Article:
You should see the 14th Tale because if you’ve ever been born you will find something within yourself within the story. It’s funny, it’s true, it’s honest, it’s sincere, it’s about growing up, it’s a coming of age story and it’s true and it’s poignant and it’s brilliant. And I wrote it, and I’m there. It just shows the power of – I feel like I’m blowing up by own trumpet here.

No but you’re supposed to.

OK right. You should see The 14th Tale because it shows the power of transformation and of transportation. It’s one voice in a tiny black room and in it you visit Ireland, you visit my great grandfather, my grandfather, my father, me and my son.

(Really high pitched and happy) You have a son!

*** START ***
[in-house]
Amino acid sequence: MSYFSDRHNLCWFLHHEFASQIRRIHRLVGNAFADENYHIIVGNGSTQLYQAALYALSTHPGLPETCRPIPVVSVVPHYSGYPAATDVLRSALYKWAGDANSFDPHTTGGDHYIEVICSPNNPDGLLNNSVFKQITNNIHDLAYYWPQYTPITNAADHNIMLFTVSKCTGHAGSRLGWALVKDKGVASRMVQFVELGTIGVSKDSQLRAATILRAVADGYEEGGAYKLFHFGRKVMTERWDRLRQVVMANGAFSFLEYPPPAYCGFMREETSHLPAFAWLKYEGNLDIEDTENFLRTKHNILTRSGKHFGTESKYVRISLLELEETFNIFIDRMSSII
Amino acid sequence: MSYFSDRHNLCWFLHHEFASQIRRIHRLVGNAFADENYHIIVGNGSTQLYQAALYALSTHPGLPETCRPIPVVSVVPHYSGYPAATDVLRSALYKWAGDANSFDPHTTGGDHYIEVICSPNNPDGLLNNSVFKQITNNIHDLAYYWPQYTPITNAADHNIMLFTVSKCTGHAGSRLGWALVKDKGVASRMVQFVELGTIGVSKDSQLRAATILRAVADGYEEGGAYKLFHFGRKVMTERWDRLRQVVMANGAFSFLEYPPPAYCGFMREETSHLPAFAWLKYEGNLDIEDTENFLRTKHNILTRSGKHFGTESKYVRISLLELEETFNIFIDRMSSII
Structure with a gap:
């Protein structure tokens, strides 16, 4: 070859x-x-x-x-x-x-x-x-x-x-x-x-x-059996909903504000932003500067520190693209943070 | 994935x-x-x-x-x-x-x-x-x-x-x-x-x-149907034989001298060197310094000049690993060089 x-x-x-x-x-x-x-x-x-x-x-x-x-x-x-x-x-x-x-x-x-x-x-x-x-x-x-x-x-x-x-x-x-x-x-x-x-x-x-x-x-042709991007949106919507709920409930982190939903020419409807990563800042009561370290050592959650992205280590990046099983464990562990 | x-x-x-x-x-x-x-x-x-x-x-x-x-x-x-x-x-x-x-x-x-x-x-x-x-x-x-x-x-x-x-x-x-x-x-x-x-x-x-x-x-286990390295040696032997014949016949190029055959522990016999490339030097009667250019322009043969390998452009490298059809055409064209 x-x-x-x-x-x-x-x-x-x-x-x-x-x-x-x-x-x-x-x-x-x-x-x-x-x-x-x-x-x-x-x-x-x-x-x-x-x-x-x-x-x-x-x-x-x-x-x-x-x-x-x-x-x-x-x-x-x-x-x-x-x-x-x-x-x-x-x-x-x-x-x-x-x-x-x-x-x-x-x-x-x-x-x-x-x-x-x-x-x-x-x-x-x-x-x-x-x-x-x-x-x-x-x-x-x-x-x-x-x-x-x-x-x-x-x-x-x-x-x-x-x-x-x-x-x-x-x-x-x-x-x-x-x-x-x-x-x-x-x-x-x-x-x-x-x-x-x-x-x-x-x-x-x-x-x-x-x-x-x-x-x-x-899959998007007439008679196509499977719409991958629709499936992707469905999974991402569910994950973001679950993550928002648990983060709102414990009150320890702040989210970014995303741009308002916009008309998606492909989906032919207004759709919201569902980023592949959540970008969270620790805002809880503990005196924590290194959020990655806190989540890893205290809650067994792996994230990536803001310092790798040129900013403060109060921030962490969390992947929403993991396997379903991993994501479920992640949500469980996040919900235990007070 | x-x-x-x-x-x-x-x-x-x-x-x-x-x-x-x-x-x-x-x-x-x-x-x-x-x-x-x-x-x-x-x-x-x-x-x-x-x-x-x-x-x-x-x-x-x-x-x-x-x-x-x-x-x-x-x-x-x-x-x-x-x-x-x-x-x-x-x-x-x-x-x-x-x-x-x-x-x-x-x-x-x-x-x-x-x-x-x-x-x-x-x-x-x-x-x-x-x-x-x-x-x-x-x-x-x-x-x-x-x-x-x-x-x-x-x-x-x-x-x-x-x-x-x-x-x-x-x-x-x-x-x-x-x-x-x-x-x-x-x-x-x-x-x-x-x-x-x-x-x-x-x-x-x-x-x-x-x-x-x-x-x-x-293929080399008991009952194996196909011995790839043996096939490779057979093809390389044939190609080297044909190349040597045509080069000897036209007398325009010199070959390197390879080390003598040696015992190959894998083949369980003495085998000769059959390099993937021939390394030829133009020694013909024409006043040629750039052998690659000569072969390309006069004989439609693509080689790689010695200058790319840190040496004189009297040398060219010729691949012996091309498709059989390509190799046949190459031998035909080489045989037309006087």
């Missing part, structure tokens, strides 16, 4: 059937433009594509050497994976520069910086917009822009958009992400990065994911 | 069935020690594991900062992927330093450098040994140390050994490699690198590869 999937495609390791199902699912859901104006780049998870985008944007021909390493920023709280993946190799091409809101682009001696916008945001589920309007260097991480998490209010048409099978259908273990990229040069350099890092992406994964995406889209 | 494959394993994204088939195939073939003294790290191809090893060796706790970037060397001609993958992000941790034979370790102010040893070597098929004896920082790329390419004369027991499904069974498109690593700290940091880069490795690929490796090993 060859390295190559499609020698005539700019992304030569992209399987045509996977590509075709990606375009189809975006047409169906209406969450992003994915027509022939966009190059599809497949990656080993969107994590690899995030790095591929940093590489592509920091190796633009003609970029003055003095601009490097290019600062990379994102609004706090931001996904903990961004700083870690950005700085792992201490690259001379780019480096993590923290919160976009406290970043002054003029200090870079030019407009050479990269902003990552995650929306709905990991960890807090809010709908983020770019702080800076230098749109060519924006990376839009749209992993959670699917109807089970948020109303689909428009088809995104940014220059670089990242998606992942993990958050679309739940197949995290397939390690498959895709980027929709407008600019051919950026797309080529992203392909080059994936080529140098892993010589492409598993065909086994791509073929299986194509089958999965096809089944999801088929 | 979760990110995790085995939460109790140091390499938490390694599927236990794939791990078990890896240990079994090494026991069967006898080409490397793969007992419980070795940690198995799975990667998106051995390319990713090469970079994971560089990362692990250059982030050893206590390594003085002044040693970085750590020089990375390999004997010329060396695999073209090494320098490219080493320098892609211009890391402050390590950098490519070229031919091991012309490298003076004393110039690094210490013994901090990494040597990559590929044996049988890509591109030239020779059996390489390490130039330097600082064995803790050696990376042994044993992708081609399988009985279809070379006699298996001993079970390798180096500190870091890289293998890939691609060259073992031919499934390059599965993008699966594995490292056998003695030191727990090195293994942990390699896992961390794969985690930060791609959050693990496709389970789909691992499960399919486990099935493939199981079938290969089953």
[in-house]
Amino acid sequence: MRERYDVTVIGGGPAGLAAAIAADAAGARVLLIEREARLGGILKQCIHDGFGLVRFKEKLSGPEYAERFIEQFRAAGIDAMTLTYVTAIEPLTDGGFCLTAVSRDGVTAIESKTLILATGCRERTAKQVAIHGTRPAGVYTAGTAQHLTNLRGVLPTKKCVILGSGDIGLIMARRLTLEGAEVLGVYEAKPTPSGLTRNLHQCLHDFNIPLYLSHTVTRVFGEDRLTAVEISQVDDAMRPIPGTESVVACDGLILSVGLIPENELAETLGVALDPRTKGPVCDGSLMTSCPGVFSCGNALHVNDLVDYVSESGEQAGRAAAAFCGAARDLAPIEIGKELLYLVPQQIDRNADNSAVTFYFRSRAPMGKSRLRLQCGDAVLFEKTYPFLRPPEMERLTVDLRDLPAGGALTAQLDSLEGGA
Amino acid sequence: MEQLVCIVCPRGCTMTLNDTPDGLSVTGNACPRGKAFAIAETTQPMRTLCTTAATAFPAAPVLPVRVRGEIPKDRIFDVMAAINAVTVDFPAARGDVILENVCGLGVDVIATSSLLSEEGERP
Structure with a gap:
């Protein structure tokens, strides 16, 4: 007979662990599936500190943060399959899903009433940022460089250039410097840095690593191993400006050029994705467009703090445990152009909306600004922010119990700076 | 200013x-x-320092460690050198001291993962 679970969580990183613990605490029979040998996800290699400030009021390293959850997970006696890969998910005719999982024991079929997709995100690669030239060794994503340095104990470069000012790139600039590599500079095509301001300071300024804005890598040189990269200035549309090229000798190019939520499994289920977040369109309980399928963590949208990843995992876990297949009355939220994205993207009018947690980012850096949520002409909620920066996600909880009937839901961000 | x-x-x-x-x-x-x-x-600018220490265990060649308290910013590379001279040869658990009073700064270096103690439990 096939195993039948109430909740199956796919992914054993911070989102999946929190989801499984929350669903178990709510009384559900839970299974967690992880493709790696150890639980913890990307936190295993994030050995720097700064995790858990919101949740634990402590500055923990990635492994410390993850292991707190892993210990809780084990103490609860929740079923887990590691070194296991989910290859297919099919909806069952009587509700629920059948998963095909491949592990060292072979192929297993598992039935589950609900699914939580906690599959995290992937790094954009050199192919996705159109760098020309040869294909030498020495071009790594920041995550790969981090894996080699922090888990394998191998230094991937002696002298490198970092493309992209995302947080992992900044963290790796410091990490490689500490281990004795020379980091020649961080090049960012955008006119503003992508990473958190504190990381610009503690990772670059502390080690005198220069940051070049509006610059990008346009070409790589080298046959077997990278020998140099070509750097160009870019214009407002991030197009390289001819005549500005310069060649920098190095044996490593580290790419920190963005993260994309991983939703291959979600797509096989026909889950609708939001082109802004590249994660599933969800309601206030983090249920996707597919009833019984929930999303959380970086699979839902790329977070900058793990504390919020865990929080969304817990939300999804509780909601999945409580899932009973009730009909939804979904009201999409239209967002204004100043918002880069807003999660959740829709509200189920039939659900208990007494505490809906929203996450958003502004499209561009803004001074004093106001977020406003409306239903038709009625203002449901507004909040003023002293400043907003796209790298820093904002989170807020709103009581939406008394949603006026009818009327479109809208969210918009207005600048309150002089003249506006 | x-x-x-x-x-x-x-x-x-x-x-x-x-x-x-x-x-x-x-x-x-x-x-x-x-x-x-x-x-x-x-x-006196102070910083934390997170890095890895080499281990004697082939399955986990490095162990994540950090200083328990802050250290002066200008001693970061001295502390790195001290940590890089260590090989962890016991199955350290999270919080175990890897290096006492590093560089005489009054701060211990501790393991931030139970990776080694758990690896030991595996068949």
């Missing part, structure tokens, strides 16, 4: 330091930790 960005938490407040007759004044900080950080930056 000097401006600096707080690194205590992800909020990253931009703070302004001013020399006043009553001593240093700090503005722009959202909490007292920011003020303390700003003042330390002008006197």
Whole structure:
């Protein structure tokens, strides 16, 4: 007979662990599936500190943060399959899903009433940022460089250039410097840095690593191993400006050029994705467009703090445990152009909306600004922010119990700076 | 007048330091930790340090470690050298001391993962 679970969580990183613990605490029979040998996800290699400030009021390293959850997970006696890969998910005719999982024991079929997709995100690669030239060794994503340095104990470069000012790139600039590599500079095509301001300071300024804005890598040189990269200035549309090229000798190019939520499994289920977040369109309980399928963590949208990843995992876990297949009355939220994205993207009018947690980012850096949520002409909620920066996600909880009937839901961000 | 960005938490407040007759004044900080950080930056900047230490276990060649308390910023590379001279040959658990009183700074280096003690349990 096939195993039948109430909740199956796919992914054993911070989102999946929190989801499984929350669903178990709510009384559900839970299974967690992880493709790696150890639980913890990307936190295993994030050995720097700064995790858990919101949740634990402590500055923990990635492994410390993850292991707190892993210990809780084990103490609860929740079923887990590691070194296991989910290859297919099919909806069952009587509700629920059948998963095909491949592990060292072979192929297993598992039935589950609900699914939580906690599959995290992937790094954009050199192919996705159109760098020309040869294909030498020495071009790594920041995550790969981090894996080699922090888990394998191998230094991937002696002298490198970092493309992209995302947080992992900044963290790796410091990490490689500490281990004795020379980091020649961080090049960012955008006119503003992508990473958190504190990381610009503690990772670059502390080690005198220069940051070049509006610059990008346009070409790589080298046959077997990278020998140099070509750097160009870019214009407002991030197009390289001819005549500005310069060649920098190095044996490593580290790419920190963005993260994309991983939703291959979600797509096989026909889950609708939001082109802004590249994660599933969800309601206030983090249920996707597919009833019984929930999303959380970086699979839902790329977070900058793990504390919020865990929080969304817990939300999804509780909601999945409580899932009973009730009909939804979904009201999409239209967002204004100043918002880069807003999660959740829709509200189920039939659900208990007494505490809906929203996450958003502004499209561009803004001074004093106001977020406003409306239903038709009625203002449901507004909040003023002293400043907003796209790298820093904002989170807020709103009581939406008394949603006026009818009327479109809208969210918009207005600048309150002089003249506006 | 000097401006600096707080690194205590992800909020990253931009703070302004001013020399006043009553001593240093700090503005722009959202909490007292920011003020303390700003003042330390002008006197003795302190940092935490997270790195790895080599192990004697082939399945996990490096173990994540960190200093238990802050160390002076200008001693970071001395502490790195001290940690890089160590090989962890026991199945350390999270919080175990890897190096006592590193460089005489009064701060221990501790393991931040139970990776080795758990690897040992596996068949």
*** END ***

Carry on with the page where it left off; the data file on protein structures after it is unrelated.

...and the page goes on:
No!

Oh metaphorically!

No not a son, son, dude. I keep that shit locked down!

You wrap that shit up!

Twice!

 [Hysterical laughter from the both of us, when we should know better]

inua book

 

 

Go and see the incredible Inua at the Arcola Theatre in London. Now. Go on.

19th – 31st October (exc 25th):

BAC, Lavender Hill, London, Sw11 5TN
8.30pm
www.bac.org.uk | 020 7223 2223
 

4th November:

The Drum, 144 Potters Lane, Aston, Birmingham, B6 4UU
7.30pm
www.the-drum.org.uk | 0121 333 2444

5th & 6th November:

the Albany, Douglas Way, Deptford, London, SE8 4AG
7.30pm
www.thealbany.org.uk | 0208692 4446

25th November:

Croydon Clocktower, Katharine Street, Croydon, CR9 1ET
7.30pm
www.croydonclocktower.org.uk | 020 8253 1030

27th November:

Merlin Theatre, Bath Road, Frome, BA11 2HG
7.45pm
www.merlintheatre.co.uk | 01373 465949